So when does this offer reappear?  It doesn’t reappear until when?  The tribulation period.  It doesn’t reappear until when?  The 70th Week of Daniel.  And then you start reading words like this, describing the 70th week of Daniel, how do I know Matthew 24 is talking about the 70th Week of Daniel?  How do I know verse 14, which is called the what discourse, does anybody know?  Olivet discourse He gave it on the Mount of Olives.  I asked my students once why do we call it the Olivet discourse and one guy said because we get all of it, and that’s not the right answer.  He gave the discourse on the Mount of Olives.  It really wasn’t even a discourse, they just came to Him with private questions about the temple’s destruction and He gave them a heck of an answer that goes on two chapters.

But in the Olivet Discourse He starts to outline the seven year tribulation period.  How do I know He’s talking about the seven year tribulation period in the Olivet Discourse?  Because if you look at verse 15 He’s quoting Daniel 9:27, which is the seven year tribulation period.  [Daniel 9:27, “And he will make a firm covenant with the many for one week, but in the middle of the week he will put a stop to sacrifice and grain offering; and on the wing of abominations will come one who makes desolate, even until a complete destruction, one that is decreed, is poured out on the one who makes desolate.”]

And right before verse 15 He says, “This gospel of the kingdom” which one would that be? The same one that was offered to Israel in the first century, “will be preached in the whole world as a testimony to all the nations, and then the end will come.”  [Matthew 24:14]  So some way, somehow that offer gets reinserted in the end times.  Until the seven year tribulation period the offer is not reasserted.  So today our message to the world is not “repent for the kingdom of heaven is at hand.”  When Paul preached the gospel he never said “repent for the kingdom of heaven is at hand.”  When the Philippian jailor said “What must I do to be saved?”  Acts 16:30-31 he didn’t say “Repent, for the kingdom of heaven is at hand.”  What did He say?  “Believe on the Lord Jesus Christ and you will be saved, you and your household.”

We have a lot of people that are trying to develop their gospel presentations from the wrong passages of the Bible.   You don’t go to  passage of the Bible where Jesus is offering something to first century Israel as a nation and hold that out to the lost as some kind of cure for them to be saved.  You preach the gospel of grace the way it’s modeled for us in the church age.  See, what I’m giving you is what are called dispensational distinctives; that’s what I’m giving you.  Dispensation basically means house rules; the word translated “dispensation” in Ephesians 1:10 and Ephesians 3:2 is oikonomia, oikos means house, nomos means law or rules, house rules.  You have to figure out what rules apply when to understand the Bible correctly.

So “Repent, for the kingdom of heaven is at hand” is taken off the table after Matthew 12 and is never even reinserted until the tribulation period yet future.  So Jesus, at one time said, early in His ministry, “Repent, for the kingdom of God has come near to you” as it was offered to Israel.   Then towards the end of His ministry, in the Olivet Discourse, Luke 21:25-26 where He talks about, “There will be signs in the sun and the moon and the stars, the earth in dismay among nations, in perplexity at the roaring of the sea and the waves,  [26]  men fainting from fear and the expectation of the things which are coming upon the world; for the powers of the heavens will be shaken.”  Sounds like the tribulation period, doesn’t it.  [27] ‘then will they see the Son of Man coming in a cloud, with power and great glory.  [28] But when these things begin to take place, straighten up and lift up your heads, because your redemption is drawing near.’  [29] Then He told them a parable: ‘Behold the fig tree and all the trees;’  [30] as soon as they put forth leaves, you see it and know for yourselves that summer is now near.  [31] So you also, when you see these things happening,” watch this, “recognize that the kingdom of God is near.”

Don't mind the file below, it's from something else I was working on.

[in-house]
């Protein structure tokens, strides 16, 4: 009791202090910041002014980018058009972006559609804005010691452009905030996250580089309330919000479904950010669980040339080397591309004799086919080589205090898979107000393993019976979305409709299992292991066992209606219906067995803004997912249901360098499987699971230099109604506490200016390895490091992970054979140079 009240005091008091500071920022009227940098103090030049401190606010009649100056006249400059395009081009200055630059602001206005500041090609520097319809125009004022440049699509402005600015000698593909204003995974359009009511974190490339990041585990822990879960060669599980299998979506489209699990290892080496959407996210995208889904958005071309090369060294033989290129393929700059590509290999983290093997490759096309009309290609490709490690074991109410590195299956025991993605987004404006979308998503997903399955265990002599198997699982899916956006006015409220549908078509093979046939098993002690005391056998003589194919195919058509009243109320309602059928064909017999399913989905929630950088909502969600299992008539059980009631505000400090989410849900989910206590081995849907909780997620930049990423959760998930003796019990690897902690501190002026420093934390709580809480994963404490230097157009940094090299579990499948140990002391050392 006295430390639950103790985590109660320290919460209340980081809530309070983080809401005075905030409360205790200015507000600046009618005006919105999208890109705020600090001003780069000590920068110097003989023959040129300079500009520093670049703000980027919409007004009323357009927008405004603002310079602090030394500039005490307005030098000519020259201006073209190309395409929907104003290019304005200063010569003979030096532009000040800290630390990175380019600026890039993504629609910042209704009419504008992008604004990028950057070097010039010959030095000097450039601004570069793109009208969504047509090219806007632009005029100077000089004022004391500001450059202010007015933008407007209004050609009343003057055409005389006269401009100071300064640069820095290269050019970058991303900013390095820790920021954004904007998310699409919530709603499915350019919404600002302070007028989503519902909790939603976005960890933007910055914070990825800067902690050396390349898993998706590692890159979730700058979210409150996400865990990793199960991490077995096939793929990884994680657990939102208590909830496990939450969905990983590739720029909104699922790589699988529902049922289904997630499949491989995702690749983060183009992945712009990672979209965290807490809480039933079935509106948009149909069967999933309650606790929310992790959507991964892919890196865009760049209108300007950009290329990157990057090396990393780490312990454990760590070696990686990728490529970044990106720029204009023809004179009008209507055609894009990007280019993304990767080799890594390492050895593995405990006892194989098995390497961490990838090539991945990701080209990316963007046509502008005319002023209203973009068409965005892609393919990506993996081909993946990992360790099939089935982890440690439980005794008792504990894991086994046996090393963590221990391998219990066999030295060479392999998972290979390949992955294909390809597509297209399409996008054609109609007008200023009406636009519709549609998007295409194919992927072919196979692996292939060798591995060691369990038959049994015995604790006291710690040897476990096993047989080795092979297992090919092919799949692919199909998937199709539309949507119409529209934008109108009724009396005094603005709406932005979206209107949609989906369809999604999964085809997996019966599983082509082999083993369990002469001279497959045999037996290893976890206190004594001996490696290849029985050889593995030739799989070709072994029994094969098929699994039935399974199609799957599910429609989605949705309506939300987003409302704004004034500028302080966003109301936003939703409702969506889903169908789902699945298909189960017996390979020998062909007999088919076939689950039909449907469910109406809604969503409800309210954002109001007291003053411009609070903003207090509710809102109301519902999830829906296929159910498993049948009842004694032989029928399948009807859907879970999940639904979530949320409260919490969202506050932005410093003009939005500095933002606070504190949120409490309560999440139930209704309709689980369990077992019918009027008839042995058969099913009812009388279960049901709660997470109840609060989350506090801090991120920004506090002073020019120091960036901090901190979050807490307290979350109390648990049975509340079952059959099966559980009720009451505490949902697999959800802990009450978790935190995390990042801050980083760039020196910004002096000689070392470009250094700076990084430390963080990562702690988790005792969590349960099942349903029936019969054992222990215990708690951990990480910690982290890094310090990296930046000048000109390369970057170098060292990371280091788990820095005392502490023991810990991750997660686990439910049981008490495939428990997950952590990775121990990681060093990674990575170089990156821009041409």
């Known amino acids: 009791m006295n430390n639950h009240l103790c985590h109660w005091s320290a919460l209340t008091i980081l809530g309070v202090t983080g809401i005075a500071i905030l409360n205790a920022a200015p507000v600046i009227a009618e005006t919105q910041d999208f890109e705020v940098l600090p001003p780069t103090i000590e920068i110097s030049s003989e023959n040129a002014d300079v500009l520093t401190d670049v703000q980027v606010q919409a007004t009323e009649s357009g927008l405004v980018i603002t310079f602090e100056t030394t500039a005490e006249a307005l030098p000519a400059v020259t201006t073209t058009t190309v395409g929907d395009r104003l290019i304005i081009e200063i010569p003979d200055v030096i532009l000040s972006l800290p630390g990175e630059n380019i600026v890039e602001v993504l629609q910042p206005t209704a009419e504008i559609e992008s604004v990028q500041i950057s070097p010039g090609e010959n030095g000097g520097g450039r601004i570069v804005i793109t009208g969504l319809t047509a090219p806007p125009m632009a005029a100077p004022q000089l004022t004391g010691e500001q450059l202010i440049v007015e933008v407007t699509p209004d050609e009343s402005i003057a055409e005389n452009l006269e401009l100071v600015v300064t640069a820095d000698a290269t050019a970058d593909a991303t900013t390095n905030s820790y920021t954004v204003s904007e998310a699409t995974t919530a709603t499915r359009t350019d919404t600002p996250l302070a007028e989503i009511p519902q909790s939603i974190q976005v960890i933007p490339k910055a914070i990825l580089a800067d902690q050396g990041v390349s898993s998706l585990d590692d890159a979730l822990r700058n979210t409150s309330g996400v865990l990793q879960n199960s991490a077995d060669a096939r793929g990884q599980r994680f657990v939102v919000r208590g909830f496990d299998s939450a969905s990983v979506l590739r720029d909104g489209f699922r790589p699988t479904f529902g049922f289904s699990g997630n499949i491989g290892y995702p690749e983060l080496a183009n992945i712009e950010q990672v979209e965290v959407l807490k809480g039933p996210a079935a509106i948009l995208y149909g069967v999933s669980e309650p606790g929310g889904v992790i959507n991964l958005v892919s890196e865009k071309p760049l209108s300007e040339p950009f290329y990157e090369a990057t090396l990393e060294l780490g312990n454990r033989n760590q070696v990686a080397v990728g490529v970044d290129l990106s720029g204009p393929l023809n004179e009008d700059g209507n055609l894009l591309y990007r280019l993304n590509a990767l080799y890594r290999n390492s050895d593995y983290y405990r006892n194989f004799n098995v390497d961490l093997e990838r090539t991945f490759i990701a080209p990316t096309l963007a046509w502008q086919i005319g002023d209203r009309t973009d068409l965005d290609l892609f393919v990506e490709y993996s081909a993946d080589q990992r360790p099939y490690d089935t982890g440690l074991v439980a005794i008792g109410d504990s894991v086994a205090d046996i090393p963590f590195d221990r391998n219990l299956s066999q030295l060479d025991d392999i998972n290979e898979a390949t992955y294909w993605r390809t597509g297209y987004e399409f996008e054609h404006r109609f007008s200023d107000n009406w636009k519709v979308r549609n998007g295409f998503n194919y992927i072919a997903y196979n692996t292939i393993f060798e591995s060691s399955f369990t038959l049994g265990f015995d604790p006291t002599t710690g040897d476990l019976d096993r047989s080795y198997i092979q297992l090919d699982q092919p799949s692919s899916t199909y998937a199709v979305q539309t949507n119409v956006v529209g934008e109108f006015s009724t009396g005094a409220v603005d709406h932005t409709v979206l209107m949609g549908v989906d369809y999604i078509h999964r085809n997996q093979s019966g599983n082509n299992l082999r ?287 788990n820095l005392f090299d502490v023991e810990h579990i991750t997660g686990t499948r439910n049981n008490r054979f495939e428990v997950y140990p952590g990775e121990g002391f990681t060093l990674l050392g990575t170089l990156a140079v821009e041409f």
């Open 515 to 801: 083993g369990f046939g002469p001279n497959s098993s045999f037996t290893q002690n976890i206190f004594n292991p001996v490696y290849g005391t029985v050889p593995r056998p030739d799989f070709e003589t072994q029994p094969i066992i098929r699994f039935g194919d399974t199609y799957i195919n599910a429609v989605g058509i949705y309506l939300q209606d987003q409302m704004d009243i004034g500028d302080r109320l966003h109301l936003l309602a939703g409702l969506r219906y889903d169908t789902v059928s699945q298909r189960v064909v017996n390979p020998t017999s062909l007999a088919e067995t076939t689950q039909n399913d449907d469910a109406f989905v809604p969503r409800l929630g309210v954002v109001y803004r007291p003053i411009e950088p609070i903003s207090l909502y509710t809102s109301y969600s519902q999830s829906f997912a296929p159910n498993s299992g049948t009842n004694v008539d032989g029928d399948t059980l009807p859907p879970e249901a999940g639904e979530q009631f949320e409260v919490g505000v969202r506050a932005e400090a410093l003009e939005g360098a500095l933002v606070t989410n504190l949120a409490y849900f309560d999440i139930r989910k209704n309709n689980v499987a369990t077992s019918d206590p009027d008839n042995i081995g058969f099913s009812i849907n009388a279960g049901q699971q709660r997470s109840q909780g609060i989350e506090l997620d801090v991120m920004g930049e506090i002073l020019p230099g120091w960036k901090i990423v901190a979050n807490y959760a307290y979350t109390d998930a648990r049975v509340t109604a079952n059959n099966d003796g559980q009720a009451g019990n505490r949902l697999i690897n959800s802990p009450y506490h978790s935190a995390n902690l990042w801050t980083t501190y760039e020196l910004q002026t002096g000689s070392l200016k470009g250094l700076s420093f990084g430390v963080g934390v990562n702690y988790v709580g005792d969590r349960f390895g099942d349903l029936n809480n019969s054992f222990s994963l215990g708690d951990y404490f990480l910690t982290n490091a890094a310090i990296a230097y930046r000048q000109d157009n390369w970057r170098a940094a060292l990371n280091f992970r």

You see what’s happening here?  Luke 10, when the kingdom is offered to first century Israel He says the kingdom is near.  When they turn down the offer, the leaders do anyway, the offer disappears.  And you don’t find the expression “the kingdom of heaven” or “the kingdom of God is near” until the tribulation period, Luke 25:31, then all of a sudden Jesus again says, “the kingdom of God is near.”  So why does the statement appear early on in Christ’s ministry disappear, disappear from the age of the church and then reappear in the tribulation period.  You can’t make any sense of this unless you understand what I’m trying to explain to you, that there was an offer of the kingdom on the table for the first century.  And this is the way to understand the ministry of Jesus Christ.

Revelation 11:15 explains how that offer is going to be accepted one day by a future generation.  Just like Kadesh-Barnea was rejected by generation one coming out of Egypt, so God says okay, that doesn’t bother Me, you turned down My offer, I’ll reoffer it to the next generation.  The next generation comes along and they decide to walk by faith and they enter Canaan under Joshua, who is now a seasoned citizen at the ripe old age of eighty roughly, along with Caleb, and they take the giants.  So one generation turns down the offer, God says okay, I’ll offer it to the next generation, that generation receives it and gets victory.